Using a video with a talk to illustrate a point fails when:
- The video distracts from the point – this often happens when you’re trying to make a point from a small part of the video that gets overshadowed by the big point of the video. Or if the big things that people remember from the video do not evoke the point you are illustrating. If the video is going to distract, leave it out.
- The video doesn’t match the value of the point – in the same way for a spoken illustration, this frequently happens when someone has a great video and they just really want to use it, so they use it at the first opportunity. But if the point it is illustrating is only a side point, or sub point that is only a very small part of the main idea, the video can be too good for the point it is illustrating, and makes too much of the point. Either the point it is illustrating gets lost, or it overtakes the main point, or the video is just seen as a cool video rather than complementing the talk. If it doesn’t match the value of the point, leave the video out.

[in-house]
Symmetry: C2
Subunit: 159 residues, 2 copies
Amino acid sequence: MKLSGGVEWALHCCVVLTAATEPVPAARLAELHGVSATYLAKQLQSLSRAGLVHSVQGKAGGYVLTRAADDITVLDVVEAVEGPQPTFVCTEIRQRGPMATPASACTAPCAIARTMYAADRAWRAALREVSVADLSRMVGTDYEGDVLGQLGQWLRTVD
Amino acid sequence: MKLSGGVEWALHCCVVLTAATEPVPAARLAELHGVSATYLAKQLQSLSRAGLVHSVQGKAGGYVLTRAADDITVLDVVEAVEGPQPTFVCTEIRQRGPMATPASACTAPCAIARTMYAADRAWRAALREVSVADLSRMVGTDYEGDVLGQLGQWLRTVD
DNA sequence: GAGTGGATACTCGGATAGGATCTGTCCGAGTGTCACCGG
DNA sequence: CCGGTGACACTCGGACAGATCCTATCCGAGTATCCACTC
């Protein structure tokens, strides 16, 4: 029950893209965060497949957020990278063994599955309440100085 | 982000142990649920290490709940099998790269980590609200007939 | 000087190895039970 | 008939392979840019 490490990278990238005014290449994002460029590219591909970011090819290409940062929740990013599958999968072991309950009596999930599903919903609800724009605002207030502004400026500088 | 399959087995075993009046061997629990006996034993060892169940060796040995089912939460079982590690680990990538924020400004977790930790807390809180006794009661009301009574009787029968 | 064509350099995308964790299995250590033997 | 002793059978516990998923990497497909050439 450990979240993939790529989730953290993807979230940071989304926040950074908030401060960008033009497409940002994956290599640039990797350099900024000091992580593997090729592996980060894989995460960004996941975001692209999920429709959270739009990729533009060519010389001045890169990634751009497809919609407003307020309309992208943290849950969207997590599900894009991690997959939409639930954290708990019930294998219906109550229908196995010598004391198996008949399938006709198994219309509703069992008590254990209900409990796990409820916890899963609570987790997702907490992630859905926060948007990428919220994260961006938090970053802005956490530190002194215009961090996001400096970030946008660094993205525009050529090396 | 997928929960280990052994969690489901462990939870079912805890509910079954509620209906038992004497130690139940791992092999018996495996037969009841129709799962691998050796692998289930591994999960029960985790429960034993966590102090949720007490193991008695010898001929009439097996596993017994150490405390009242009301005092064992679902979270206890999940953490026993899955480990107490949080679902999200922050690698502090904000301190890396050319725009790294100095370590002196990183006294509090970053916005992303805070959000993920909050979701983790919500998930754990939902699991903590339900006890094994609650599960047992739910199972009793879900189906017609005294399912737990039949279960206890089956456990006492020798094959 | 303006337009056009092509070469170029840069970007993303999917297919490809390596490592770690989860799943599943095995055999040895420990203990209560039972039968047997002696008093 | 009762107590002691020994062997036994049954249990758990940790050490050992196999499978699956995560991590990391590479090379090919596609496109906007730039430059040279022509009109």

- The video needs too much explanation – if you’re using the video to illustrate a point, it should do that. You should at the least understand the illustration. The speaker should then only need to connect the illustration to the point. If people couldn’t actually understand the video (or at the least the point that you think the video is making), then there’s no point in using it. Leave it out.
- The illustration from the video doesn’t illustrate the point you’re making – this is the same for a spoken illustration. Make sure it actually illustrates your point well. Make sure it does something. Don’t use the video just because you want to use the video. Know your purpose. If it doesn’t illustrate the point, leave it out.
I’d love to hear more examples of videos that you know of that helpfully illustrate points. Please comment with your favourites.